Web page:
Games People Played

Timlynn Babitsky's picture

Much as we’d like to think we humans have always had a major fun streak, I was surprised to find that we didn’t get our game on until many millennia after the ascent of man. It took our early gene pool nearly 200,000 years to figure out that life could be more than just kill or be killed, eat or be eaten.

The first real signs of human games appeared around 6,000 B. C. Stones and sticks were used in various forms of “play” to foretell the future or to chat with the gods. Rudimentary communities drew closer together to face the wrath or needs of their god(s), and the events foretold that might befall them.


Once we got the idea that the future might be predictable, gambling games weren’t far behind. According to Gambling Planet, dice-like stones and bones have been found that date back to 6,000 B. C. Greek gods played dice; early Indians played dice; and Egyptian hieroglyphs suggest rules and regulations for ancient dice games.

Native Americans, Aztecs, Mayas, Polynesians, Eskimos, and sub-Saharan Africans used plum stones, peach pits, pebbles, seeds, bones, deer horn, pottery, walnut shells, beaver teeth, and seashells to play dice games. (Gambling Origins)


“By 3000 B.C., early Chinese, European and Middle Eastern civilizations were gambling for fun and money.” (Gambling Planet)

Games were a part of everyday life in China by 1000 B.C. By 500 B. C. board games were common and civilizations around the world were regularly betting on fights and races between animals and between humans.

“The first Olympics, for example, were nothing more than a huge gambling enterprise” (Gambling Planet).


The Olympic games can be traced back to about 776 B. C. and continued on over 12 centuries. Although very different in many aspects from modern Olympics, the social/political goals of holding the games were about the same. Showcasing the superior strength, stamina, and skill of the youth of a particular place would certainly impress potential allies and enemies alike. The wins and losses in those early games most likely influenced who supported whom on what invasion campaign.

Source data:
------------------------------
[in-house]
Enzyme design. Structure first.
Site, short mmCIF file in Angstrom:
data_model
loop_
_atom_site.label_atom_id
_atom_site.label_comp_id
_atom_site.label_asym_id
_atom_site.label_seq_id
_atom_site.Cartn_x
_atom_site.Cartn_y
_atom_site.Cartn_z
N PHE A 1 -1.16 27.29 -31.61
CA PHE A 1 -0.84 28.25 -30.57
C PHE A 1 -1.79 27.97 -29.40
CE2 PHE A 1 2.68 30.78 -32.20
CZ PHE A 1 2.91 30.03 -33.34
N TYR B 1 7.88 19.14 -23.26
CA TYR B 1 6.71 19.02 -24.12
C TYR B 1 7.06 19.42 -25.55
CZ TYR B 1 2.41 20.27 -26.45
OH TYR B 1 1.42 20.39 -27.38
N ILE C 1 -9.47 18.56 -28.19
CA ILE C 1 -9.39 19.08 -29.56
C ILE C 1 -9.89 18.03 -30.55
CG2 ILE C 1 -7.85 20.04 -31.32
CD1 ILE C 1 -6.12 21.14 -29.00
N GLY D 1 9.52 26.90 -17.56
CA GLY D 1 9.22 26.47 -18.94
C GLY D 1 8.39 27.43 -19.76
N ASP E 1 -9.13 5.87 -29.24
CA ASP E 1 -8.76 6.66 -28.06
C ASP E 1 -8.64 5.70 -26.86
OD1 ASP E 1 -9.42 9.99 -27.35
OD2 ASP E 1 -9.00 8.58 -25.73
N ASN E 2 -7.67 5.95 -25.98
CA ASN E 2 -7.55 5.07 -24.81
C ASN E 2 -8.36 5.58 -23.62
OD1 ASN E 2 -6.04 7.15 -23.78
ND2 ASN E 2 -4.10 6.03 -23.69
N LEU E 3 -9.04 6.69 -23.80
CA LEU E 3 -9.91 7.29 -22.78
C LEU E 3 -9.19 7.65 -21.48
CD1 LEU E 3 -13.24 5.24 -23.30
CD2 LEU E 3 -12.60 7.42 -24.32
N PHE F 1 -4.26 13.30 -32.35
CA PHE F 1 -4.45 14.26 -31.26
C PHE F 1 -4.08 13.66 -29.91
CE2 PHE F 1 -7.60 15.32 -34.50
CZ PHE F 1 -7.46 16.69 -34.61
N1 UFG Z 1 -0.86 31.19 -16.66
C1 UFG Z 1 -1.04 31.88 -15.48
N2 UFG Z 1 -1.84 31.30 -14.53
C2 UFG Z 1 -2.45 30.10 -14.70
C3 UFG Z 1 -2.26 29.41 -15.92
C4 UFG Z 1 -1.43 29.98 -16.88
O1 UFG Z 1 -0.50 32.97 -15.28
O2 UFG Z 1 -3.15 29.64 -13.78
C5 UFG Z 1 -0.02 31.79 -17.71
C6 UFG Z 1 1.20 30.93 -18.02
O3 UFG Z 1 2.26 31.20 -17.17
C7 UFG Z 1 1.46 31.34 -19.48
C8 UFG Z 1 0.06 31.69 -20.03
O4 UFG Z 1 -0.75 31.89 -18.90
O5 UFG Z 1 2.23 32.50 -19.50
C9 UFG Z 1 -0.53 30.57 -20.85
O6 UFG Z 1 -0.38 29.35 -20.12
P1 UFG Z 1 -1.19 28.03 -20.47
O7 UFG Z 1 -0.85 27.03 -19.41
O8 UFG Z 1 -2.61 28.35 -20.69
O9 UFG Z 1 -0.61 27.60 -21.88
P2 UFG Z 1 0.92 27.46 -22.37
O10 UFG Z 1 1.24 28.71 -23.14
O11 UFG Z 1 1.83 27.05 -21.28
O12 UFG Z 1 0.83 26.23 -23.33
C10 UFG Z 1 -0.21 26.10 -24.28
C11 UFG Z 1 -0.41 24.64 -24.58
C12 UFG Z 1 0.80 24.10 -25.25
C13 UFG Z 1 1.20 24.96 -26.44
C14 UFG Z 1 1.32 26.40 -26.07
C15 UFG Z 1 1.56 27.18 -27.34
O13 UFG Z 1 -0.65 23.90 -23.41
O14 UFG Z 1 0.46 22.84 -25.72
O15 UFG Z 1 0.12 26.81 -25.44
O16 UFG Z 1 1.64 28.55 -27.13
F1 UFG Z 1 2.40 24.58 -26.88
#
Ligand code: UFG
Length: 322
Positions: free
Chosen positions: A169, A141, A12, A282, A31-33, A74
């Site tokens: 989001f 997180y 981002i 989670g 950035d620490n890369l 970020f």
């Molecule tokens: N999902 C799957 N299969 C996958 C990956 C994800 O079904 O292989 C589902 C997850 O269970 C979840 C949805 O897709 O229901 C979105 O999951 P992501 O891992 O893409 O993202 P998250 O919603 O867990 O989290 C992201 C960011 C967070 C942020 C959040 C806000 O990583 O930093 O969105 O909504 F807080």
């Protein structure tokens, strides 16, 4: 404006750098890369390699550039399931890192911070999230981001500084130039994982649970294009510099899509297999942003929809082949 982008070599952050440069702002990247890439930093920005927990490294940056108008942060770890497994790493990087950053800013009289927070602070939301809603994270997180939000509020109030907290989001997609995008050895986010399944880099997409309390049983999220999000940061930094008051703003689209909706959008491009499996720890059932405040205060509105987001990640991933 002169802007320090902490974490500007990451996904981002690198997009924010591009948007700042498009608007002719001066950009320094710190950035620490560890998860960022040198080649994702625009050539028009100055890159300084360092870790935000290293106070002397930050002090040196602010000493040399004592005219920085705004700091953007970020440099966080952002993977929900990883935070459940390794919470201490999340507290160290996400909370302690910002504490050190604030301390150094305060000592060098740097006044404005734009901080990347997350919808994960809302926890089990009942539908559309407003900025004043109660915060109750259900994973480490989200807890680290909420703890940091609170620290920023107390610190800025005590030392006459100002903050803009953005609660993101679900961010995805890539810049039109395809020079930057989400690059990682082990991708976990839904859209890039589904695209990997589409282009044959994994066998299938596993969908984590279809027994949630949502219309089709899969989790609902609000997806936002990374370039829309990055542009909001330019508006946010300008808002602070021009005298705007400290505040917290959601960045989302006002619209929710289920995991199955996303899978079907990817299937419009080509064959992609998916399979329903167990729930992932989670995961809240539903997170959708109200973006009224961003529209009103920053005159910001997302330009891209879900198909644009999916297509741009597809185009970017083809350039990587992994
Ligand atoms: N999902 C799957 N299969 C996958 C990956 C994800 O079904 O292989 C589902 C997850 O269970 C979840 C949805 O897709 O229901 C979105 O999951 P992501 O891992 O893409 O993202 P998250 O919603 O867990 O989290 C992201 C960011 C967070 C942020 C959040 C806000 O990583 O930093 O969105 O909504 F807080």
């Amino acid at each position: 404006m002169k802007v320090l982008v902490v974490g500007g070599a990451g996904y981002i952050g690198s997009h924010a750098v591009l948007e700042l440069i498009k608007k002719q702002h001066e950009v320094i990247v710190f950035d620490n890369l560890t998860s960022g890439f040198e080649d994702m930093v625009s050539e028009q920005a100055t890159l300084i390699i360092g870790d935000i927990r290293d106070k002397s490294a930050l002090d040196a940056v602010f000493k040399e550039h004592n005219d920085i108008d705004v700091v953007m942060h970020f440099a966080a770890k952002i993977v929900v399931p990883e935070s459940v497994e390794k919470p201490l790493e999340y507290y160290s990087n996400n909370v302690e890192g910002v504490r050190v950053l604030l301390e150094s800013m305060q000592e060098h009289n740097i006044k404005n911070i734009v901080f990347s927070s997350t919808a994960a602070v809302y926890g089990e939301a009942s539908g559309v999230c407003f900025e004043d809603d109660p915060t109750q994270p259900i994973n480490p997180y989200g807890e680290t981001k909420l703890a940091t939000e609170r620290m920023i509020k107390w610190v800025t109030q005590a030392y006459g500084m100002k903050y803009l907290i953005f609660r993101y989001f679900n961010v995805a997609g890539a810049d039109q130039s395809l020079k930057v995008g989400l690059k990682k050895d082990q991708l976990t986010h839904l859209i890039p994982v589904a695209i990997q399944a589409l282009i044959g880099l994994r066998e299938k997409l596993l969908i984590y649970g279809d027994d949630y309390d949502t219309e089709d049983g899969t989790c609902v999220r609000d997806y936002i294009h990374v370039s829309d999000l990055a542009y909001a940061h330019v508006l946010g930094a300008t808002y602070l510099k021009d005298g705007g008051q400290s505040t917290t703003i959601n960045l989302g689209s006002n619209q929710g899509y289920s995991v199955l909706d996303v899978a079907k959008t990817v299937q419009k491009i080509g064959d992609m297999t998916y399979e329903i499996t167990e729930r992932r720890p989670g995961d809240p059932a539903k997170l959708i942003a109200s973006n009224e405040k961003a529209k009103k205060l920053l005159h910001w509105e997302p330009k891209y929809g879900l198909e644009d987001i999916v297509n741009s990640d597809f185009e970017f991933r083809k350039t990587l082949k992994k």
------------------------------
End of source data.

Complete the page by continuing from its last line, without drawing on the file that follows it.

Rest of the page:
As a student of social networks, it appears that the earliest games helped to draw people together into rudimentary communities and to develop ties within and between those groups.

What about children’s games? According to the Kidipede website (among many others), ball games have been known for thousands of years. Marbles, hoops and sticks, tag, and running and jumping contests are very old children’s games.


Throwing balls and shooting marbles, running fast and jumping high were all survival skills one had to learn young and perfect quickly or be killed, captured, or eaten. Even hopscotch seems to have started out as a training exercise for the Roman Army.

When children compete with each other to learn survival skills is this really a game? Does every game we engage in teach us something we need to know to survive or thrive in the world at that time? This is an issue we’ll talk about more in our upcoming post on video games.


There is a whole body of research on “what is a game” and “what is play.” The crucial life lessons learned in children’s game play have been well documented in the field of psychology.

I’ll leave these aside for your investigation. My goal is to focus on games as social structuring activities that connect one person to another, forming simple connections into groups and networks. I am particularly interested in how social structuring appears to be changing as technology allows us to play complex games with others we never see or meet.